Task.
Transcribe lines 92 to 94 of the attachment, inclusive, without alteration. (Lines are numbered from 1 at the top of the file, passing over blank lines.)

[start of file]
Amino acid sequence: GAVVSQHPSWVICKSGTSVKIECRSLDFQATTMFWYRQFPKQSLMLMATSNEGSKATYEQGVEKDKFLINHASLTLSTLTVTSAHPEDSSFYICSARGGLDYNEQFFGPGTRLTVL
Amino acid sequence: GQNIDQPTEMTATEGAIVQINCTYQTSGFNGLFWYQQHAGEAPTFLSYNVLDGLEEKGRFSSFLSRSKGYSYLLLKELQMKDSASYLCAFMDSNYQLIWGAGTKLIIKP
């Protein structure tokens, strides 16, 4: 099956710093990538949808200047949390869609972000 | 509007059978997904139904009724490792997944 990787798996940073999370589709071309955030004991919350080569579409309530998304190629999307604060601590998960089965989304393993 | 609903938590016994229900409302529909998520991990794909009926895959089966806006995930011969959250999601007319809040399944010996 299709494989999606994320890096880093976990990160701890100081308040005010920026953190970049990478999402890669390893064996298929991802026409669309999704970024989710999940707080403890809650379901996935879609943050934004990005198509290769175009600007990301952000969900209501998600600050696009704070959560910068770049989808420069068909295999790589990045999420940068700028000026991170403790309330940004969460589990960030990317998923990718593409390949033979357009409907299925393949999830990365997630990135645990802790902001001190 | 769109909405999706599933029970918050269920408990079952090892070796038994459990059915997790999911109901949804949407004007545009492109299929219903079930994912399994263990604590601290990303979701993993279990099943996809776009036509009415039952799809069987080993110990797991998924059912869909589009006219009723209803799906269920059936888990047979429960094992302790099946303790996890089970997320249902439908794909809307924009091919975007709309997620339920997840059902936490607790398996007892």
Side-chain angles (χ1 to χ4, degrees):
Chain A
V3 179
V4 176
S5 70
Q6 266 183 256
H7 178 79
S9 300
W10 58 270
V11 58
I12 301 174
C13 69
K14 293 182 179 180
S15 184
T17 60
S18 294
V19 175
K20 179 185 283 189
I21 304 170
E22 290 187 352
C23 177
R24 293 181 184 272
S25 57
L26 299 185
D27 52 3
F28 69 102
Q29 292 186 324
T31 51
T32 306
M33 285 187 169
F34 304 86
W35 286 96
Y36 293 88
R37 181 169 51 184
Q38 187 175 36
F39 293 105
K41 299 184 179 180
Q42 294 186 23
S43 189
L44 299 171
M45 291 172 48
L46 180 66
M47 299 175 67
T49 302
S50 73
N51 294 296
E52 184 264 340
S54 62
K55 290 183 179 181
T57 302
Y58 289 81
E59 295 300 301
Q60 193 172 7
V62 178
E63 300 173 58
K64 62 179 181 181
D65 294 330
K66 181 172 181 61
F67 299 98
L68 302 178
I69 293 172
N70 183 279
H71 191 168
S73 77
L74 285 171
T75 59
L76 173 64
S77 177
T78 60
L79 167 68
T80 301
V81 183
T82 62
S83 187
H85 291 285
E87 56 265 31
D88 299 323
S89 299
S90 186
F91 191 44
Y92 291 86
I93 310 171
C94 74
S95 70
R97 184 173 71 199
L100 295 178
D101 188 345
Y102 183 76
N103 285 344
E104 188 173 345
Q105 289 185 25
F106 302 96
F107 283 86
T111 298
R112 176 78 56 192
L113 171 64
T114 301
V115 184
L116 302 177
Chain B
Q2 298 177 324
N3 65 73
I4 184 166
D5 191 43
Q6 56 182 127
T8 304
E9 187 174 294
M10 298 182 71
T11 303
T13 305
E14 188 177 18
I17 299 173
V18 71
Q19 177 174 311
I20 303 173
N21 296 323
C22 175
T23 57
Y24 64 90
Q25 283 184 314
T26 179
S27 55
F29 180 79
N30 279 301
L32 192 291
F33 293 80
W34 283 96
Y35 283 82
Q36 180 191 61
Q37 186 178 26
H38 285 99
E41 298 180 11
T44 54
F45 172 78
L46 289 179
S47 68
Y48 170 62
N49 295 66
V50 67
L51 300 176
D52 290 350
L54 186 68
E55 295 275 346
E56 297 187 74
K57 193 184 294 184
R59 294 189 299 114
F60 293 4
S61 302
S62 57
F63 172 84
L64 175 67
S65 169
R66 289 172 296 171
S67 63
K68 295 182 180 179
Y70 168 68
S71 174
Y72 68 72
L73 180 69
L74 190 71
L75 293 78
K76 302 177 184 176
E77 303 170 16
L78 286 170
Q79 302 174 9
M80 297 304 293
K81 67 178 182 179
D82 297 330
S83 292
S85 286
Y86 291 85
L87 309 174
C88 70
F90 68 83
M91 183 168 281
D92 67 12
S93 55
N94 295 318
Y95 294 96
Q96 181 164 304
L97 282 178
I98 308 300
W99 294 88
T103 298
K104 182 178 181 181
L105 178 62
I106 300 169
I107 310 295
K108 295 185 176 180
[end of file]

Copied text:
N103 285 344
E104 188 173 345
Q105 289 185 25